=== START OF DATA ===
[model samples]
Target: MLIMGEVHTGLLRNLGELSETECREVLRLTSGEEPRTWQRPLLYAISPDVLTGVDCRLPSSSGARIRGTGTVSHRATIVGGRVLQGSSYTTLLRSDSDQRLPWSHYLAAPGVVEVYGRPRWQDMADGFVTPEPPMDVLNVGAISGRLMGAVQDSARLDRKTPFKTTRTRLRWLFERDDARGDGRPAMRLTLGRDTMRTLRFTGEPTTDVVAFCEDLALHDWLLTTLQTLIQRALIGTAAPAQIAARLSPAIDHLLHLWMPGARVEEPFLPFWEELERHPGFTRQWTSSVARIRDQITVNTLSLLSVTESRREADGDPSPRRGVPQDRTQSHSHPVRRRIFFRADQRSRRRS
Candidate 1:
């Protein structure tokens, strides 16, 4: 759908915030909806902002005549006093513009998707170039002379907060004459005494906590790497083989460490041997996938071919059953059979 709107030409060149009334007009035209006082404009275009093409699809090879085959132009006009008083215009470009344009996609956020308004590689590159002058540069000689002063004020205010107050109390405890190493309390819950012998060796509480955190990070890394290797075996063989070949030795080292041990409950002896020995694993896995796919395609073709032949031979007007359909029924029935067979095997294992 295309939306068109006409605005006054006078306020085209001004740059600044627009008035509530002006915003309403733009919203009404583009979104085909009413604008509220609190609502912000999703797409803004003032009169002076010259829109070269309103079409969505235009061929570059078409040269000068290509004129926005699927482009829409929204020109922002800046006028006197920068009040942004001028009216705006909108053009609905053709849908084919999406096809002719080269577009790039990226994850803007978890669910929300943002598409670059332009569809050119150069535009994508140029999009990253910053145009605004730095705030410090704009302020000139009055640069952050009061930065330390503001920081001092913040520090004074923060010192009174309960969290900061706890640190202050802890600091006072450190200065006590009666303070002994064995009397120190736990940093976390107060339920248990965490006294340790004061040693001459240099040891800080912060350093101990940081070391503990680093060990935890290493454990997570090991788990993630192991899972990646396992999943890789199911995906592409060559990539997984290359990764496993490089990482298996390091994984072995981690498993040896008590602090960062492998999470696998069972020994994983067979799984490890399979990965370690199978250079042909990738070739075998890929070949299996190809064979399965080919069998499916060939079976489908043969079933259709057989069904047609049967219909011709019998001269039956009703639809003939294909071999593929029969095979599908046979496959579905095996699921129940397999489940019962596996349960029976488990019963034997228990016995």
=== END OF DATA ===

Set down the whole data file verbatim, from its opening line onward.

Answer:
[model samples]
Target: MLIMGEVHTGLLRNLGELSETECREVLRLTSGEEPRTWQRPLLYAISPDVLTGVDCRLPSSSGARIRGTGTVSHRATIVGGRVLQGSSYTTLLRSDSDQRLPWSHYLAAPGVVEVYGRPRWQDMADGFVTPEPPMDVLNVGAISGRLMGAVQDSARLDRKTPFKTTRTRLRWLFERDDARGDGRPAMRLTLGRDTMRTLRFTGEPTTDVVAFCEDLALHDWLLTTLQTLIQRALIGTAAPAQIAARLSPAIDHLLHLWMPGARVEEPFLPFWEELERHPGFTRQWTSSVARIRDQITVNTLSLLSVTESRREADGDPSPRRGVPQDRTQSHSHPVRRRIFFRADQRSRRRS
Candidate 1:
């Protein structure tokens, strides 16, 4: 759908915030909806902002005549006093513009998707170039002379907060004459005494906590790497083989460490041997996938071919059953059979 709107030409060149009334007009035209006082404009275009093409699809090879085959132009006009008083215009470009344009996609956020308004590689590159002058540069000689002063004020205010107050109390405890190493309390819950012998060796509480955190990070890394290797075996063989070949030795080292041990409950002896020995694993896995796919395609073709032949031979007007359909029924029935067979095997294992 295309939306068109006409605005006054006078306020085209001004740059600044627009008035509530002006915003309403733009919203009404583009979104085909009413604008509220609190609502912000999703797409803004003032009169002076010259829109070269309103079409969505235009061929570059078409040269000068290509004129926005699927482009829409929204020109922002800046006028006197920068009040942004001028009216705006909108053009609905053709849908084919999406096809002719080269577009790039990226994850803007978890669910929300943002598409670059332009569809050119150069535009994508140029999009990253910053145009605004730095705030410090704009302020000139009055640069952050009061930065330390503001920081001092913040520090004074923060010192009174309960969290900061706890640190202050802890600091006072450190200065006590009666303070002994064995009397120190736990940093976390107060339920248990965490006294340790004061040693001459240099040891800080912060350093101990940081070391503990680093060990935890290493454990997570090991788990993630192991899972990646396992999943890789199911995906592409060559990539997984290359990764496993490089990482298996390091994984072995981690498993040896008590602090960062492998999470696998069972020994994983067979799984490890399979990965370690199978250079042909990738070739075998890929070949299996190809064979399965080919069998499916060939079976489908043969079933259709057989069904047609049967219909011709019998001269039956009703639809003939294909071999593929029969095979599908046979496959579905095996699921129940397999489940019962596996349960029976488990019963034997228990016995």